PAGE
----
International Law and State Socialization: Conceptual, Empirical, and Normative Challenges
17 Pages Posted: 19 Apr 2006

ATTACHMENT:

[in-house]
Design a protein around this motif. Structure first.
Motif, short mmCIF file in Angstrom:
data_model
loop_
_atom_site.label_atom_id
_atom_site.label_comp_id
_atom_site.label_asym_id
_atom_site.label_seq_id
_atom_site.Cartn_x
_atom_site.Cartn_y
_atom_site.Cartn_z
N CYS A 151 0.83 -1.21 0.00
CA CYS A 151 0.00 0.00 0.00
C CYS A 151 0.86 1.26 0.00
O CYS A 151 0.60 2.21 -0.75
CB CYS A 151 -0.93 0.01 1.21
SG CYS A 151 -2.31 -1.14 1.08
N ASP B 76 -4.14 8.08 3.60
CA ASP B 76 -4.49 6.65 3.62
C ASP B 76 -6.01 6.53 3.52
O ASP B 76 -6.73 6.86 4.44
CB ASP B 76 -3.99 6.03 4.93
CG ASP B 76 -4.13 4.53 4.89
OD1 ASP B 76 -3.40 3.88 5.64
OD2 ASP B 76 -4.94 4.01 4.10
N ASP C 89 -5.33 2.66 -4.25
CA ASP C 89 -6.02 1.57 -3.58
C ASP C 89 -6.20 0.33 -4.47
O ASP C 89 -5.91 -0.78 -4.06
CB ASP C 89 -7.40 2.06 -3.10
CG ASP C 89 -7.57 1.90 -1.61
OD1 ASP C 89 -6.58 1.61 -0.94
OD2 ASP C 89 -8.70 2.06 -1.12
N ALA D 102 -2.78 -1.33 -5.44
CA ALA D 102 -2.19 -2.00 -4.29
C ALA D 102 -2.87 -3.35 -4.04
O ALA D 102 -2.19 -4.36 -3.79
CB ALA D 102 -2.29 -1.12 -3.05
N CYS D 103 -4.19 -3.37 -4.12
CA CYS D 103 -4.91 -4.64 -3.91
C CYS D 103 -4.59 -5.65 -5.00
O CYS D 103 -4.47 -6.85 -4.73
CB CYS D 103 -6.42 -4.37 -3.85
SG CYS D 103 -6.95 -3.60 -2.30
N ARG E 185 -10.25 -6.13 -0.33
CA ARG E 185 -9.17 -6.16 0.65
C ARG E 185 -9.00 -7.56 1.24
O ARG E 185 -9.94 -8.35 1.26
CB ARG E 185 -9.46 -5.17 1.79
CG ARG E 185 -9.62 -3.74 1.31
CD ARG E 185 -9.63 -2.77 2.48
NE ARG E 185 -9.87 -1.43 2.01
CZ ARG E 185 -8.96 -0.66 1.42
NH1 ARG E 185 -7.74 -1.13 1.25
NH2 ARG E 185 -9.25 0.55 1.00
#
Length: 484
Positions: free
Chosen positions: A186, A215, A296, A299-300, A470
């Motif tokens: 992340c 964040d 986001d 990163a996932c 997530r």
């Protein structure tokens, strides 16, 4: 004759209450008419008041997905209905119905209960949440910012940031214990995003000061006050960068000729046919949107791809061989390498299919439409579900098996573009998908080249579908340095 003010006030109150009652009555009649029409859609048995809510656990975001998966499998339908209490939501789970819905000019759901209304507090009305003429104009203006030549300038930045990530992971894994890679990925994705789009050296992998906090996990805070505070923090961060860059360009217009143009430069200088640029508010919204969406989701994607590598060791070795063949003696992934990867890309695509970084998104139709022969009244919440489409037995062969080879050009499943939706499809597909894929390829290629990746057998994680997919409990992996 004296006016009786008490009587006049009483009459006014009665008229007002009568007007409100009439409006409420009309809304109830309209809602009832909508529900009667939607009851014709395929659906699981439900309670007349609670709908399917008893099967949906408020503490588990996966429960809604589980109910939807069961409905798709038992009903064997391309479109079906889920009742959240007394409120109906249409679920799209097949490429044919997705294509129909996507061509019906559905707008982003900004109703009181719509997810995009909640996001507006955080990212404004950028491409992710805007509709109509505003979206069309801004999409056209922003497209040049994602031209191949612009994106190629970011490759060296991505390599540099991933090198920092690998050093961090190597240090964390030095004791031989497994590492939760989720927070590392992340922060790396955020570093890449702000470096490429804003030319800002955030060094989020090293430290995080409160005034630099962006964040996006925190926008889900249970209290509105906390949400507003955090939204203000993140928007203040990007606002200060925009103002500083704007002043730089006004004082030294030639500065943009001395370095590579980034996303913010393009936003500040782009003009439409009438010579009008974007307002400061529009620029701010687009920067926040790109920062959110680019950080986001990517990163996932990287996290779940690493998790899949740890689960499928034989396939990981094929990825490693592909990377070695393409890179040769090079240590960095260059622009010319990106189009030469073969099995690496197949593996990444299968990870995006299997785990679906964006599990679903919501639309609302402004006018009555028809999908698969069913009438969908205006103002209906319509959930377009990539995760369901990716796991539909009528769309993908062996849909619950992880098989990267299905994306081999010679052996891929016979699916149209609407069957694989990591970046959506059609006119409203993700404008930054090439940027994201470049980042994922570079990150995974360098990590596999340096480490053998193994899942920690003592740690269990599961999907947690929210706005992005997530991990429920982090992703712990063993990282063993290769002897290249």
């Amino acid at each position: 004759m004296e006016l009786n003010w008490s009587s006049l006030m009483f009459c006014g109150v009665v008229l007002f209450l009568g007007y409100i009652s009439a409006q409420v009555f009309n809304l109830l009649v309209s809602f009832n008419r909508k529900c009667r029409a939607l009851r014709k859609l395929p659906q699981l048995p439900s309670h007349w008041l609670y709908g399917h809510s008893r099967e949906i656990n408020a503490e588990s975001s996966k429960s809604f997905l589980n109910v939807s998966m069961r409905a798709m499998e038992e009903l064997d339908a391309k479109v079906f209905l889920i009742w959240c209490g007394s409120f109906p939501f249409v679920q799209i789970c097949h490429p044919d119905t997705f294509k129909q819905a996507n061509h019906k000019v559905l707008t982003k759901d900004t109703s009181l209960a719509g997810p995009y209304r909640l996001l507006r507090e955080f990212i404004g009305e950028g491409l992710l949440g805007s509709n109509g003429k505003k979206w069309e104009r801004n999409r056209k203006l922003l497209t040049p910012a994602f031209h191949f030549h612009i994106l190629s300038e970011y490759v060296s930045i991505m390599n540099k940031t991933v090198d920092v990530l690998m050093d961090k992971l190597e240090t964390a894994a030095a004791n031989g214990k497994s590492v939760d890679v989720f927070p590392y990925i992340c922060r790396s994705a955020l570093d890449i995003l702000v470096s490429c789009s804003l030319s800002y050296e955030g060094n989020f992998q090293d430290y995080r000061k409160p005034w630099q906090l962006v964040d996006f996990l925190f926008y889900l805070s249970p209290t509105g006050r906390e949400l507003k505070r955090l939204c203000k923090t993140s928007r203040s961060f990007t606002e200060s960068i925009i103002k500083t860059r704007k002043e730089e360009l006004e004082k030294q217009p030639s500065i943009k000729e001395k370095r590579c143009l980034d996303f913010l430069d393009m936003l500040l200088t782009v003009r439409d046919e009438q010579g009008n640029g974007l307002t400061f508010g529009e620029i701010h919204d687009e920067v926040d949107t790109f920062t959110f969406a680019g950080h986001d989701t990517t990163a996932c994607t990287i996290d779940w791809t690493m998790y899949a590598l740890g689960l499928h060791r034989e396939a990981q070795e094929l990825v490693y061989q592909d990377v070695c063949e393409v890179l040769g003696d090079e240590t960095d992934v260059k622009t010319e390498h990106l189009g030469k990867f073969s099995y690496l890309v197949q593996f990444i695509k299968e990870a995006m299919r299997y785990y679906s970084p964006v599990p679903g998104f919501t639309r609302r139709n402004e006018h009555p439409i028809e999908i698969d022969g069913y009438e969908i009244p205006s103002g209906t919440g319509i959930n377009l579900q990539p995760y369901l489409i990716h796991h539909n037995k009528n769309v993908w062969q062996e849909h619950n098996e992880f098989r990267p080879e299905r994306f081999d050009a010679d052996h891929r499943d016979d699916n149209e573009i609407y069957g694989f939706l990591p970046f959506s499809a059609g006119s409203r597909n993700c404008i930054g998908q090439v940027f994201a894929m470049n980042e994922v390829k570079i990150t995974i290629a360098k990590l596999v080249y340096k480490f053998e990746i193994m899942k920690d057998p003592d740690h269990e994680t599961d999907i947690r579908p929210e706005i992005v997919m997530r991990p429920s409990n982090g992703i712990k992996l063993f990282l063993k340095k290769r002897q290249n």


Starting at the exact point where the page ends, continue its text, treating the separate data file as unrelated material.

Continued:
In How to Influence States: Socialization and International Human Rights Law, we argue that (1) acculturation is a conceptually distinct social process through which law might influence state behavior; and (2) the elements of the acculturation process suggest several regime design characteristics unorthodox to human rights law. More generally, we maintain that the behavioral assumptions of international legal regimes must be more systematically theorized and investigated. Proper specification of the social mechanisms of law's influence, we argue, would facilitate the development of an integrated theory of regime design - one that accounts for the various social mechanisms, specifies the conditions under which they predominate, and identifies the regime design features that best harness these forces. In thoughtful and probing reply essays, Dean Harold Hongju Koh and Professor Jose Alvarez raise several important questions about our argument. Broadly sympathetic to our view, Dean Koh and Professor Alvarez direct much of their commentary to ways in which the project might be refined and ways in which the descriptive claims might be tested empirically. In this brief response, we do not offer a comprehensive rebuttal to their essays. Instead, we seek to clarify our project in a few theoretically crucial respects through a focused consideration of three important themes that recur in the replies. Specifically, we discuss (1) the need for case studies documenting in detail the processes whereby and, the actors through which, global norms diffuse; (2) potential deficiencies in our model resulting from a failure to account for important variables; and (3) features of acculturation that question its conceptual coherence and its normative appeal.
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